The four D’s of defense – Part 1
If you listen to personal or home defense experts, you will probably hear about the four D’s of defense. They are Deter, Detect, Delay, and Defend. In Part 1 of this post I will quickly address all four. In Part 2 I will expand on the last one in more detail.
As a baseball player or coach, you are well aware that a good defense involves being able to do numerous things well. You have 9 guys on the field, at least one coach, and a few players on the bench. Each person has a role to play in order to be the best defense possible. As you know, quite a bit goes on to make that happen. However, everything that goes into having a good defense falls into one of those four D’s of defense.
Deter. To deter means to prevent someone from even trying. In home defense, putting a home security sign in front of your house lets criminals know that your house probably would not be a good target. In baseball, you have the ability to do the same thing. One example is a great pre-game infield-outfield session. When your team rocks during that session with strong accurate throws, backing up bases, great footwork, and overall enthusiasm, they are not just getting ready for the game. They are (or should be) trying to deter the other team from even trying some of the offensive tricks in their bag. A poor infield-outfield practice is just inviting the offense to attack your “home.”
Detect. If the bad guys do find your house/team to be a good target for mischief, it’s always better to see them coming. Waking up at 3AM to see a criminal standing next to your bed is not the optimal time to realize a crime is in progress. Lots of outdoor lights, a dog that barks, and an alarm system are ways to help detect when the bad guys are coming. All three buy you time.
Surprise on the baseball field doesn’t work so well either. Players need to be taught the warning signs of when the offense might be up to no good. Most of that centers around knowing what normal is and being able to recognize abnormal. That requires a good awareness of what is going on around you. Here’s an easy example. A runner’s normal lead may be 6 feet off first base. On one particular pitch he takes a 9 foot lead, gets lower in his stance, and has more focussed eyes. It wouldn’t take a rocket scientist to see he is probably stealing on this pitch. If you know what a team’s/player’s normal is, you can then better recognize abnormal and see their tricks coming in advance.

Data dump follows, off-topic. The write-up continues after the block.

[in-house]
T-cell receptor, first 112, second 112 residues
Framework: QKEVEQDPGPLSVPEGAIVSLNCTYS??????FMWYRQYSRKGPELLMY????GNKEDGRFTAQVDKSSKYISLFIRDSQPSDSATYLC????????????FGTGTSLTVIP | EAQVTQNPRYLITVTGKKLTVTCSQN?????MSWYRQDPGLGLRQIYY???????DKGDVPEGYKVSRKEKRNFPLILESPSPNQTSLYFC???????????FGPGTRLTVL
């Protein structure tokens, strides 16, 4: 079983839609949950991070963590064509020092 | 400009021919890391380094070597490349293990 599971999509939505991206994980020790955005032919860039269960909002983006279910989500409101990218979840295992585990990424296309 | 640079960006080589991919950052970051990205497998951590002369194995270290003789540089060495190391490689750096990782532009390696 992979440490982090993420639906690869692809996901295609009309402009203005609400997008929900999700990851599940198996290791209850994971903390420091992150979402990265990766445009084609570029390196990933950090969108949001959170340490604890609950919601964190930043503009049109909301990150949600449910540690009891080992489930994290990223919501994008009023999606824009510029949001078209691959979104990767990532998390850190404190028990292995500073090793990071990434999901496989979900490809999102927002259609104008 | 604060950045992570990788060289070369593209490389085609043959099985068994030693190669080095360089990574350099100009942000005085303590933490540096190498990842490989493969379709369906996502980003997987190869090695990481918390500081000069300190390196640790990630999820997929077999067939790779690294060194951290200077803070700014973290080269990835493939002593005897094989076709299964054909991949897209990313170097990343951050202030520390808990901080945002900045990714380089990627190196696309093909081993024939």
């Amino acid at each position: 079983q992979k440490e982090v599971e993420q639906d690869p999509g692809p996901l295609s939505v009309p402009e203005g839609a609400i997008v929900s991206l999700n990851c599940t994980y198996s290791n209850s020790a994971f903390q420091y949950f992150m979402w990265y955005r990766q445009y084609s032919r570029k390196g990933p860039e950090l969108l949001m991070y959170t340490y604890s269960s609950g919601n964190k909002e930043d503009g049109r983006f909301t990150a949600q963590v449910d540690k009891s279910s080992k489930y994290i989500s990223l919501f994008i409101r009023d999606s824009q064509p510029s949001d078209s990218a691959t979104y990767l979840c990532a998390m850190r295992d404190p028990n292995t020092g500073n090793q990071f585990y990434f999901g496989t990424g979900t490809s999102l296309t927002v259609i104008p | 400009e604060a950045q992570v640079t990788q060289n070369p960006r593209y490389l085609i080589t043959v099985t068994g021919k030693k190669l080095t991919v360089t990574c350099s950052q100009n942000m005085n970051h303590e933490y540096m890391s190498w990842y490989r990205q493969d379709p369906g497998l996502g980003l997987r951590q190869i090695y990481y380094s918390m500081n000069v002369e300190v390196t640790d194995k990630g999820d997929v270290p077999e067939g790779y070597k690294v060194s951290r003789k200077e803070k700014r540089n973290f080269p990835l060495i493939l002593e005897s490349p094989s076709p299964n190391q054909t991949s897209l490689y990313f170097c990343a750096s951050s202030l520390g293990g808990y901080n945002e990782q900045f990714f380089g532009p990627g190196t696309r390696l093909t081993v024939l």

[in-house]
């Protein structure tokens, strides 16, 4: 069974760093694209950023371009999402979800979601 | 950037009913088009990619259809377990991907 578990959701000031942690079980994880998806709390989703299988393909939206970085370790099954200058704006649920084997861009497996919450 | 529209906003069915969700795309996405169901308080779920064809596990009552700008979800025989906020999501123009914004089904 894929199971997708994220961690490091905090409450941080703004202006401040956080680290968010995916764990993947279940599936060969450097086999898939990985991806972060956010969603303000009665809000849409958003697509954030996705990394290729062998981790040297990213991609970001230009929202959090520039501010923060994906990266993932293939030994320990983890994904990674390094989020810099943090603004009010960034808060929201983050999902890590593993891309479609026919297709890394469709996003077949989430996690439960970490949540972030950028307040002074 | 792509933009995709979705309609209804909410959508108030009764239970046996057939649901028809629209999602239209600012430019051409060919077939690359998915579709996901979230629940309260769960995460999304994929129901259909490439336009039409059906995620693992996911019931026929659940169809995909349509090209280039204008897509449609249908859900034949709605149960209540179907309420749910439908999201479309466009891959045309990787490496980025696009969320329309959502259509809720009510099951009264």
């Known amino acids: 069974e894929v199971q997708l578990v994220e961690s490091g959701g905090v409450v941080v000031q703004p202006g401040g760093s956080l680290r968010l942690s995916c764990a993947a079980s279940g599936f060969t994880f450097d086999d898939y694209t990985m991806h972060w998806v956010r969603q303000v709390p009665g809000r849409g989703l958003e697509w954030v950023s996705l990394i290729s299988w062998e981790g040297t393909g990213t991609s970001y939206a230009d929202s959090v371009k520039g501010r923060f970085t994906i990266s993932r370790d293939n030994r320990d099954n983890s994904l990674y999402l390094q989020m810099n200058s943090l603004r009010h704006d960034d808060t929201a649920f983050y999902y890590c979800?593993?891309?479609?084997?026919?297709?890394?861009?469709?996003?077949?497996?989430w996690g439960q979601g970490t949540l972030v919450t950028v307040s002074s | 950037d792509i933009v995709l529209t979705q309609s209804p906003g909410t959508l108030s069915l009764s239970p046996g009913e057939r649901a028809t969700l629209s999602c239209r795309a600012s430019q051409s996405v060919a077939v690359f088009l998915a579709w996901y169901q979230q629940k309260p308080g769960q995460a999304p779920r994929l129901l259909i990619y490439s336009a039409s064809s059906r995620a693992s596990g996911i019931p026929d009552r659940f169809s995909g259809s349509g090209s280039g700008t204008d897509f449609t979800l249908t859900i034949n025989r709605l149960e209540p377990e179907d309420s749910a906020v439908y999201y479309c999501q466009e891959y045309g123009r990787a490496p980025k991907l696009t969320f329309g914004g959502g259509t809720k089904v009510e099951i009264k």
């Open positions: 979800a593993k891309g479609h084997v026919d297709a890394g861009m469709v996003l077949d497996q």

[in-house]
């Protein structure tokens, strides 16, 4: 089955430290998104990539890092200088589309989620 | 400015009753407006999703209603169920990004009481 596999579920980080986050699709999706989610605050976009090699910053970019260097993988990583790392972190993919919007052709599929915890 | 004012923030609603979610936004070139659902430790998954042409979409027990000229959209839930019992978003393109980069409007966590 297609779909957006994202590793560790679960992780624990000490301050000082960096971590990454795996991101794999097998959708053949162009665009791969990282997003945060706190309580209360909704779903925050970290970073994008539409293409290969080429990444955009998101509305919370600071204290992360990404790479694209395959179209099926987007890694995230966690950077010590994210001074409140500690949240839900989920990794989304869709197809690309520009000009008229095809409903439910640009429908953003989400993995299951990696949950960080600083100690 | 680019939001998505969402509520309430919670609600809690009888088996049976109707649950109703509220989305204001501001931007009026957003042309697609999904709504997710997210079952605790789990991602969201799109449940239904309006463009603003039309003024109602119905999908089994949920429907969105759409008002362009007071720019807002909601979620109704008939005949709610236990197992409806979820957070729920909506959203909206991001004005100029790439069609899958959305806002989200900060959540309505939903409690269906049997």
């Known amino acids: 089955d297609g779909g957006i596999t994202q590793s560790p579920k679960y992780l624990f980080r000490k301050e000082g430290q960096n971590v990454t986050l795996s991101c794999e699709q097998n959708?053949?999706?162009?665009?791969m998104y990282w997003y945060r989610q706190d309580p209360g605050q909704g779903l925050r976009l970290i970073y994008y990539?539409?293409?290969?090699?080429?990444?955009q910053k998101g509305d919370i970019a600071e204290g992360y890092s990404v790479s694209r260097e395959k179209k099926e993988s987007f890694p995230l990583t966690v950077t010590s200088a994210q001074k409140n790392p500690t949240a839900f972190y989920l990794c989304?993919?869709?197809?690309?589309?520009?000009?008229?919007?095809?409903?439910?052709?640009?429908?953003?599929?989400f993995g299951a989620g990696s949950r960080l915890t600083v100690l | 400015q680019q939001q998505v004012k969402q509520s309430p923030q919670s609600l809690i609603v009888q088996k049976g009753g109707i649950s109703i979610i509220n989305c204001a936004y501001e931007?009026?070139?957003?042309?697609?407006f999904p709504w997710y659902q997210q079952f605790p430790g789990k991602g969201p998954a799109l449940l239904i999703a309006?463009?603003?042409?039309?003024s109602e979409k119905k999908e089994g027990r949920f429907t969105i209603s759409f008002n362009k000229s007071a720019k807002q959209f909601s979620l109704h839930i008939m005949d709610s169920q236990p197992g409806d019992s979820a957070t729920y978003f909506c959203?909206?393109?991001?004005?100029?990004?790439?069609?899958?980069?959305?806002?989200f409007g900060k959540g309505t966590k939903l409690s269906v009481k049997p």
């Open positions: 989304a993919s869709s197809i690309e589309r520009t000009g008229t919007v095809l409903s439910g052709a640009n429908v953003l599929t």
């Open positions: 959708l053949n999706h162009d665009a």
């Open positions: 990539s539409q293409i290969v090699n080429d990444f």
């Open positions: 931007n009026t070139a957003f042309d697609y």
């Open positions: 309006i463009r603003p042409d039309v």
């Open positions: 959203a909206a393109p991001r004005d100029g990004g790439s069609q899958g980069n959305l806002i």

Also understand that everyone plays a role. Coaches, players on the field, and especially players on the bench have a duty to pay attention in order to recognize the other teams’ abnormal.
Delay. Some criminals are not deterred no matter what you do. Even if you detect them early, they may be confident enough in their abilities to try. That’s when delay is necessary. Reinforcing doors and windows with better locks (and keeping them locked) helps. Arranging furniture so the bad guys are not able to take a direct path to your bedroom is another way. Both delay the bad guys so you have more time to get to a safe area and/or decide on a response.
In baseball, it could be as simple as calling time out or having the pitcher step off the rubber. A pitcher could also come set and hold in that position for several seconds to force the runner who may be stealing to wait and possibly rethink his decision.
Bad guys (and base stealers) want to attack and they want to do it swiftly. Delay them.
Defend. This forth D of defense needs a bit more explanation than just a few sentences which is why Part 2 will deal with this one on its own. I’ll give you a taste though. To defend means to take some kind of action. You have tried to deter. You hopefully have not been surprised through your detection skills. You have built in some delay tactics. But the bad guy comes anyway. Now what do you do?
Answer: You have to defend yourself.
And that extremely important topic (and as you’ll see – MINDSET) is the topic for tomorrow.
Tomorrow’s post: The four D’s of defense- Part 2